If you have a pool, fun in the water is just a few steps away from your house. Pools can be a great way for kids to cool off and spend their free time during the summer. If you’re having a party, pools can be a great draw.
They can also be deadly, particularly for children.
“Having an unfenced pool is like having an uncaged lion in your backyard,” Morgan Miller, whose daughter drowned in a friend’s pool, told Parents.com. “To a child, that big furry animal could look like something fun to play with. It’s appealing and tempting. But we as adults know that a lion is deadly and can kill your child.”
According to Stop Drowning Now, drowning is the number one cause of death due to accidental injuries for children ages 1 to 4.
Drowning can happen fast — about as long as it takes to post on Instagram, take a bathroom break, or grab a hot dog from the grill.
Drowning is also entirely preventable if you take the right steps. Here are some essential tips:
- Know the signs. When a kid is drowning, it doesn’t look like what we might expect—splashing and flailing around. According to Parents.com, “Kids drown silently and quickly, often when they are vertical in the water with their head tipped back.”
- Have a designated ‘water watcher.’ No, you don’t need to necessarily hire a licensed lifeguard, but if you’re having a kids’ party, make sure one parent is watching the pool. You can take turns so all parents get to enjoy the party, but it’s important to take this responsibility seriously. One way of doing that is by wearing a ‘water watcher’ tag. You can print one out from safekids.org or poolsafely.gov.
- Watch your kids. Needless to say, if it’s just you and your kids, the responsibility for keeping an eye on things falls to you. Put away your phone, but keep it handy in case you need to call 911. Avoid anything else that might draw your attention away from the pool, yes even reading.
- Intervene before a kid drowns. Better to do something before it becomes a real problem. “You intervene when a kid may be even slightly in trouble so he doesn’t get to the point of drowning,” Linda Quan, M.D., a professor of pediatrics at the University of Washington, in Seattle, told Parents.com.
- Know CPR. Make sure you have the skills you need if your child has started drowning. Parents.com has a comprehensive guide to CPR techniques for younger children here.
- Teach your children how to swim. Besides helping keep them safe, it’s a life skill that will enable them to have more fun in the water. At a minimum, parents should make sure their children know how to tread in and float on the water and are able to get out of the pool on their own.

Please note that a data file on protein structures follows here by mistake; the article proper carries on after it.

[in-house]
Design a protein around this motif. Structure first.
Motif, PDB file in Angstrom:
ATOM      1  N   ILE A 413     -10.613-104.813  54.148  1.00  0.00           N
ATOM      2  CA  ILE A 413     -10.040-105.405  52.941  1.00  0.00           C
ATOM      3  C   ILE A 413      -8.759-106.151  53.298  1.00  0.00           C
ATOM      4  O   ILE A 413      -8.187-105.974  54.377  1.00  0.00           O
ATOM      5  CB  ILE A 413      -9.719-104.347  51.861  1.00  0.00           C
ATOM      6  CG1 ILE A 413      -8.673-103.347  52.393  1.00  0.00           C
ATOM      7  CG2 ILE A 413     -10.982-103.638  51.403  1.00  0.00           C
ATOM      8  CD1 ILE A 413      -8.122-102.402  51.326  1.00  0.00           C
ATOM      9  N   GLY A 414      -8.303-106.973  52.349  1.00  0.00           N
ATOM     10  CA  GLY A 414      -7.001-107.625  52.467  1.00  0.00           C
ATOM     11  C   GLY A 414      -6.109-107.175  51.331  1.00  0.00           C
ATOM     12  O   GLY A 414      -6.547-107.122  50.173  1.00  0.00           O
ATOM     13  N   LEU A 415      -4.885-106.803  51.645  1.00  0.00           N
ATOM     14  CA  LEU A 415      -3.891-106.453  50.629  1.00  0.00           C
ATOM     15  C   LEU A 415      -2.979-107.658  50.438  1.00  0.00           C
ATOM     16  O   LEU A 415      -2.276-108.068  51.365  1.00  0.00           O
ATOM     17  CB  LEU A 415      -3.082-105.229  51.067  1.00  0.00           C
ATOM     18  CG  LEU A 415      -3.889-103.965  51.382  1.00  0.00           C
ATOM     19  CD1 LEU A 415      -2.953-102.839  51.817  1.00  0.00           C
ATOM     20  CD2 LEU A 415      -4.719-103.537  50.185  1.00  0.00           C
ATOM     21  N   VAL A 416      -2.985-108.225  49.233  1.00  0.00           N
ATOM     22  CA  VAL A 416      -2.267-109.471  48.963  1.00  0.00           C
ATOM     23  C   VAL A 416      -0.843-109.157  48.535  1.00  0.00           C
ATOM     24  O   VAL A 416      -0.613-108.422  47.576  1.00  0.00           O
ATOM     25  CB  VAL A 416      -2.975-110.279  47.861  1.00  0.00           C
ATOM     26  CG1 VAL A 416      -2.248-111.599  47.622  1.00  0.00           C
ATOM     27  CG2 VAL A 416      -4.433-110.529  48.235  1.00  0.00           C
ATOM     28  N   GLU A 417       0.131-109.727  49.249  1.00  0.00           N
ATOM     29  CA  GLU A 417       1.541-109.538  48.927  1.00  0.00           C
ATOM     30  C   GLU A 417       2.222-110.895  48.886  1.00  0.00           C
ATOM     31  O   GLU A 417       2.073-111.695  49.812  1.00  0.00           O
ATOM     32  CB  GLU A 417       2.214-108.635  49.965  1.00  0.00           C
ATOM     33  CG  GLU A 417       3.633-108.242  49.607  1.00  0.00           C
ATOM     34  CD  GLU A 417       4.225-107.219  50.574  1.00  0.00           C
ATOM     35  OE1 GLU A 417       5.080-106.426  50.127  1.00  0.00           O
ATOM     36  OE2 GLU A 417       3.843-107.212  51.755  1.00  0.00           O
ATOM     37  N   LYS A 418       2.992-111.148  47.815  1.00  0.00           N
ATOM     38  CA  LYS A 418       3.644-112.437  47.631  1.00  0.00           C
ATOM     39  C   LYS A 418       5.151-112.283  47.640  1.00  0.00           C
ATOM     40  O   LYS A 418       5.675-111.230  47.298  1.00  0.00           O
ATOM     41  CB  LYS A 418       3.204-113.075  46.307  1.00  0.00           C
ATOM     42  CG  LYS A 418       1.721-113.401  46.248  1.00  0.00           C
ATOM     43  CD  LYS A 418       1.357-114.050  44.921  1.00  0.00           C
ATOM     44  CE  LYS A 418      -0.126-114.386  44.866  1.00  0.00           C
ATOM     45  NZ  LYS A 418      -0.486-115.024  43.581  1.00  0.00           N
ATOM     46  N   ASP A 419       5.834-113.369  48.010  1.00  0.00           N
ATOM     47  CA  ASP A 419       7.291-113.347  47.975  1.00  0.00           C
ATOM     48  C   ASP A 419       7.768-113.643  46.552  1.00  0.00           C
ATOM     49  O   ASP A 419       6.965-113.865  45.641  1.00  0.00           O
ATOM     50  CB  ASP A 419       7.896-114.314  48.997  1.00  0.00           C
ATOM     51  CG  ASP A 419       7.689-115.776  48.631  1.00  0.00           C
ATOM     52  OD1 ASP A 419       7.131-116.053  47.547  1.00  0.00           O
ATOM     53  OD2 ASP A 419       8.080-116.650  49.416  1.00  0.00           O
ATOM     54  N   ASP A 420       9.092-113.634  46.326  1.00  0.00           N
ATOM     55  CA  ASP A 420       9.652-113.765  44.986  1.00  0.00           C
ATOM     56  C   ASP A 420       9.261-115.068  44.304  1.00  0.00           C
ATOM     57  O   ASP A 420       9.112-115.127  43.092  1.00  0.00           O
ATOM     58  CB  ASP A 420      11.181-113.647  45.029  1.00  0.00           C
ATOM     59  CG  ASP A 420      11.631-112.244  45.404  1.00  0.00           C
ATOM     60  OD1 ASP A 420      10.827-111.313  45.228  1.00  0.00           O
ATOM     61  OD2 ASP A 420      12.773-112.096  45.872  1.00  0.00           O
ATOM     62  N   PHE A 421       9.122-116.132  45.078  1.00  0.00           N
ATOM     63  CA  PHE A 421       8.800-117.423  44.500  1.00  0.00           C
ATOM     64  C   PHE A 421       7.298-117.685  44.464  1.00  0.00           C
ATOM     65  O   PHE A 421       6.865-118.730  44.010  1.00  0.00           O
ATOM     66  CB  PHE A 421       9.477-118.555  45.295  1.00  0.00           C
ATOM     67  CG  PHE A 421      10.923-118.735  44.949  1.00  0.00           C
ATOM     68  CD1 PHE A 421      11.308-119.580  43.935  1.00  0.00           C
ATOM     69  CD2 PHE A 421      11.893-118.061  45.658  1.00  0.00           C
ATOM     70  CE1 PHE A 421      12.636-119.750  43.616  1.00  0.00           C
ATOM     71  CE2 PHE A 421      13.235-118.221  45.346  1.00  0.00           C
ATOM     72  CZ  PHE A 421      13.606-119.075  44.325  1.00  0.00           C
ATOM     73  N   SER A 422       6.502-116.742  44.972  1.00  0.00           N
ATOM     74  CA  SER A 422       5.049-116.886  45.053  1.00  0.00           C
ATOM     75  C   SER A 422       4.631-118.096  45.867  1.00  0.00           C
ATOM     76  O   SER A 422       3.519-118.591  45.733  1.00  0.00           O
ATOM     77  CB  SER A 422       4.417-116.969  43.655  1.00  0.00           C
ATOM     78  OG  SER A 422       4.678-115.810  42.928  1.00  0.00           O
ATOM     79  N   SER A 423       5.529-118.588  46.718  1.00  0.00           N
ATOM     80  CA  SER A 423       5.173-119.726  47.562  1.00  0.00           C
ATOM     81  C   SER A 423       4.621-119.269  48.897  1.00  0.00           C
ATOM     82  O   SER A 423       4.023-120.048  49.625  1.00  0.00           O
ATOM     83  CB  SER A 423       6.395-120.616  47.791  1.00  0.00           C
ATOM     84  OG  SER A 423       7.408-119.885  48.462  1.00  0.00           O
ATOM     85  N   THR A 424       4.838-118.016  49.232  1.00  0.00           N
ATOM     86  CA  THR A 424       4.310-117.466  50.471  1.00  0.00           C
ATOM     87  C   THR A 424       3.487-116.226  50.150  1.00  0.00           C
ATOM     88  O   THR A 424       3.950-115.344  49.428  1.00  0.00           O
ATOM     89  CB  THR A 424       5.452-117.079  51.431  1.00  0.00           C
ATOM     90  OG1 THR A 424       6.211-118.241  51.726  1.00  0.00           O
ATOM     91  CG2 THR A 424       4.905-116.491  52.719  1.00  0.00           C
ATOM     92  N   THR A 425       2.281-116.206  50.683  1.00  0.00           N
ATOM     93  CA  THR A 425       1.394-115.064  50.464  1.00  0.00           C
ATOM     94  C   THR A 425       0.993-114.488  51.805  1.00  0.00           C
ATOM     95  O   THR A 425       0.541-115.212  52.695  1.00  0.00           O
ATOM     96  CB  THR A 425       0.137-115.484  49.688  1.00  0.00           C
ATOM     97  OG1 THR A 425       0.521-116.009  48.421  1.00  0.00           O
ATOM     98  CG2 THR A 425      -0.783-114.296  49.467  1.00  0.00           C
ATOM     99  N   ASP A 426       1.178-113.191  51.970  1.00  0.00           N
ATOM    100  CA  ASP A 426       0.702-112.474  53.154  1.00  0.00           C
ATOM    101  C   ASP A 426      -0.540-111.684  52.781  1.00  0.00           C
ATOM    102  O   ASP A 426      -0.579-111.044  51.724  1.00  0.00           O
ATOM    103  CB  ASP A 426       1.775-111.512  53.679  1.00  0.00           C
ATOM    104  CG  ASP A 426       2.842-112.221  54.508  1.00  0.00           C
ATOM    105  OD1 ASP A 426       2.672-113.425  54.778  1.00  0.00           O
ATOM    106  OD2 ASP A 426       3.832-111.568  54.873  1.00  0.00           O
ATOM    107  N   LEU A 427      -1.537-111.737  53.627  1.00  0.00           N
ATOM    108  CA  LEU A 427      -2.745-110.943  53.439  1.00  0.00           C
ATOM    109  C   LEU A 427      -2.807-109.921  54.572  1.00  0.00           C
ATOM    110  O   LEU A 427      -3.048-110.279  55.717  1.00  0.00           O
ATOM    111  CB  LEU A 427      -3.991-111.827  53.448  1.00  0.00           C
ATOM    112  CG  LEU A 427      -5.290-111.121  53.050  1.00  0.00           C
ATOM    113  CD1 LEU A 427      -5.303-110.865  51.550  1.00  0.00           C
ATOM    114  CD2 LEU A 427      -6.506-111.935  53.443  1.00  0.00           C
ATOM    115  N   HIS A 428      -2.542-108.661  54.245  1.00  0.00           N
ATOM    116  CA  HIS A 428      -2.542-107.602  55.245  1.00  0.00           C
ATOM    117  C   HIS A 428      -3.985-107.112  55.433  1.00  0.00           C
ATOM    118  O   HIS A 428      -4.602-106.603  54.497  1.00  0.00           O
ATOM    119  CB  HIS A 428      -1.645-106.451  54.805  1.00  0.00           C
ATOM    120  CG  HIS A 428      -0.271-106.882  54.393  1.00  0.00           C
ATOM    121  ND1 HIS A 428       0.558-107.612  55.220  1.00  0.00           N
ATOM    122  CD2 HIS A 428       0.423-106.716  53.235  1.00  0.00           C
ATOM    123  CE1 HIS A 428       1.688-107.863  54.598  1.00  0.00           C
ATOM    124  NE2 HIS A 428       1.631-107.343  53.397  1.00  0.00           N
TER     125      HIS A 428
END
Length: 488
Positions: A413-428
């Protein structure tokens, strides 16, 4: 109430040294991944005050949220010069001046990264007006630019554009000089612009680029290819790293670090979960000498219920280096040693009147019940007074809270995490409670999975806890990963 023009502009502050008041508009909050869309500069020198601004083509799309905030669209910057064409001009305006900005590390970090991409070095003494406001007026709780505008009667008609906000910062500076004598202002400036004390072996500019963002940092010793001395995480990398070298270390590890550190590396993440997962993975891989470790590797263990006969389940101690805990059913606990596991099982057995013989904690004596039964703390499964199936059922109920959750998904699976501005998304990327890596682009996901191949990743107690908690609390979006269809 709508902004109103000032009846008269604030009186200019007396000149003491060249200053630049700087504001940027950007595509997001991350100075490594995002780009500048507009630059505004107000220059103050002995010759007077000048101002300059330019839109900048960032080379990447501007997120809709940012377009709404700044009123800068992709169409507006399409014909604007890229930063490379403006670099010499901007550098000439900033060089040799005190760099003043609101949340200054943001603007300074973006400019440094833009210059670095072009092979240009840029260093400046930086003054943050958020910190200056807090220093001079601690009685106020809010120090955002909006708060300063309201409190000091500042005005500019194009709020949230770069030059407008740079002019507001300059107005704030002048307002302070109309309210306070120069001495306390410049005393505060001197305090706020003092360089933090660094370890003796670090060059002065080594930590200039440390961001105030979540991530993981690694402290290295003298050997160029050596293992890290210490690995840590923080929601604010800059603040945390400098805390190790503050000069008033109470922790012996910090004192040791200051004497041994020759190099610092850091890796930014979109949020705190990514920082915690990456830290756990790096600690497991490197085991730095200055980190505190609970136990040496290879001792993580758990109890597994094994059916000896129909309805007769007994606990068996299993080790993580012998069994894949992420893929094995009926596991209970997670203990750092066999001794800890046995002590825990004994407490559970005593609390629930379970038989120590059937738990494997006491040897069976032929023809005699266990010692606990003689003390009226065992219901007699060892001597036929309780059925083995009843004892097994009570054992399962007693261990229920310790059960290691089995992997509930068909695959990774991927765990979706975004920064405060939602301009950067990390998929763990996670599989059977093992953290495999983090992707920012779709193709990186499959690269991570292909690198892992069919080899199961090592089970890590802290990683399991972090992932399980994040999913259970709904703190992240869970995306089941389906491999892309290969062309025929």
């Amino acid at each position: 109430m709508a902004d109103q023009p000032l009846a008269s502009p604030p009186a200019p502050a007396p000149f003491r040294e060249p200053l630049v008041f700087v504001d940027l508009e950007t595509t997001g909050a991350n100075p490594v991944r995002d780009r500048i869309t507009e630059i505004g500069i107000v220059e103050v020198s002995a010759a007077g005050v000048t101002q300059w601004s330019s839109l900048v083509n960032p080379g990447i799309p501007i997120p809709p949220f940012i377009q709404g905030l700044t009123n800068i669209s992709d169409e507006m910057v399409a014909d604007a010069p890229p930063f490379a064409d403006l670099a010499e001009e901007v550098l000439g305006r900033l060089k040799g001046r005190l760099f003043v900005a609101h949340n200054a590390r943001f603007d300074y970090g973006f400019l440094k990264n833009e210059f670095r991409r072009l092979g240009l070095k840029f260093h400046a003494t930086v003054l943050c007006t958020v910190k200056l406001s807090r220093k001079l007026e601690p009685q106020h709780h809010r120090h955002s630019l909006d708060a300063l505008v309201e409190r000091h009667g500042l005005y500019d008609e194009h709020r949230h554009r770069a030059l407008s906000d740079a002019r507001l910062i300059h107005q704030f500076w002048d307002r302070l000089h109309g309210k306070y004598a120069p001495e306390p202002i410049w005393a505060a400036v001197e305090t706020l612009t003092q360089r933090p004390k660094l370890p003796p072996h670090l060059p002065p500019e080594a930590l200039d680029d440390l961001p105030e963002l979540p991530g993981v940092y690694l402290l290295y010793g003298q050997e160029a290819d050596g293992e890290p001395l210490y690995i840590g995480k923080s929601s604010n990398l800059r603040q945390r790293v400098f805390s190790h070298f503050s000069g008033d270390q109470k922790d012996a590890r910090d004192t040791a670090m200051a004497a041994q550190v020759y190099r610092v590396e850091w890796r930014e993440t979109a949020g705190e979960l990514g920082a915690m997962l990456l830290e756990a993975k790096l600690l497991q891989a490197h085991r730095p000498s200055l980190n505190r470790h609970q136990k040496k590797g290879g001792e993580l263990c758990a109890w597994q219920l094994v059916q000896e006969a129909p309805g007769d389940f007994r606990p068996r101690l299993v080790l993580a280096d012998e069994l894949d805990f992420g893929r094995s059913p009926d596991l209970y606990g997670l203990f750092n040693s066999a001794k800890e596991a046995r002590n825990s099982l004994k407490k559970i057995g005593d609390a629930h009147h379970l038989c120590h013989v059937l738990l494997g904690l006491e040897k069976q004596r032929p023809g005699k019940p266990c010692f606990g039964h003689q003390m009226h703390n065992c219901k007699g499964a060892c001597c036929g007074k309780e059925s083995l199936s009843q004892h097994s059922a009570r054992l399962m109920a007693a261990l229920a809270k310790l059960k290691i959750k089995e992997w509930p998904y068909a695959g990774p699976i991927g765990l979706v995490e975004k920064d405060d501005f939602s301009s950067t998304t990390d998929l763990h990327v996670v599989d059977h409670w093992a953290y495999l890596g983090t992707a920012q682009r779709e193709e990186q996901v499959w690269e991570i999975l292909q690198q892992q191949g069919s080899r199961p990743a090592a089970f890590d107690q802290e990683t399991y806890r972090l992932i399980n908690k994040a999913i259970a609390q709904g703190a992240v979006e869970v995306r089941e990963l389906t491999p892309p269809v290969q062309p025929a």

- Use fences, gates, and pool covers. Follow these obvious but critically important safety precautions. Install a fence around your pool. A four-foot high fence is ideal with no openings that a small child could crawl through. Make sure the gates to the pool are latched. Cover the pool when you aren’t using it.
- Protect your kids. Weaker swimmers should wear life jackets around pools. Don’t count on ‘water wings’ and other floating toys to do the job. Tie up loose hair to prevent it from being caught in a drain.
- The risk of uncovered drains. A small child can be trapped in an uncovered drain due to its suction power. Their bathing suits, hair, fingers, and arms and legs could become caught in the drain. If you see a drain that is uncovered or has a loose or broken cover, don’t let your children in the pool and notify the owner. Drains are a hidden pool hazard that can cause deadly injuries. For more, see the Abbey’s Hope Charitable Foundation information page.
- Educate your children. In addition to teaching them how to swim, make sure your children know not to play with drains, run around pools, and push others into the pool. PoolSafely.gov has some apps with games to make pool safety lessons fun and engaging for children. SafeKids.org also has some helpful resources for families.
Sources: Parents.com, Stop Drowning Now, Abbey’s Hope Charitable Foundation, PoolSafely.gov, and SafeKids.org.